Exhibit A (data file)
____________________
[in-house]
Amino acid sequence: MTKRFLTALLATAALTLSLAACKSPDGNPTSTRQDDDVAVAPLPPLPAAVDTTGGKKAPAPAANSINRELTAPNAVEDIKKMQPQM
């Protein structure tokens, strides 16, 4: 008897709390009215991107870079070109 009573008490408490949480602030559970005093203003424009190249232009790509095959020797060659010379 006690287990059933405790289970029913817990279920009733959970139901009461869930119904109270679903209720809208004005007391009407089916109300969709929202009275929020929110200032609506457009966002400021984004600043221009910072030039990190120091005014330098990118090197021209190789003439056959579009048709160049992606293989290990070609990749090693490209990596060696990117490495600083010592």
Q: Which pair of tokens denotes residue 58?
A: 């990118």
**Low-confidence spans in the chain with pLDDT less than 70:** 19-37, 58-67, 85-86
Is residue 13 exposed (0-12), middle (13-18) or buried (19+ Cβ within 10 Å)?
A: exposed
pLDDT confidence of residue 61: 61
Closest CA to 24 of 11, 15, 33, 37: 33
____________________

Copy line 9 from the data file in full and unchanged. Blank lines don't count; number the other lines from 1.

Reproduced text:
pLDDT confidence of residue 61: 61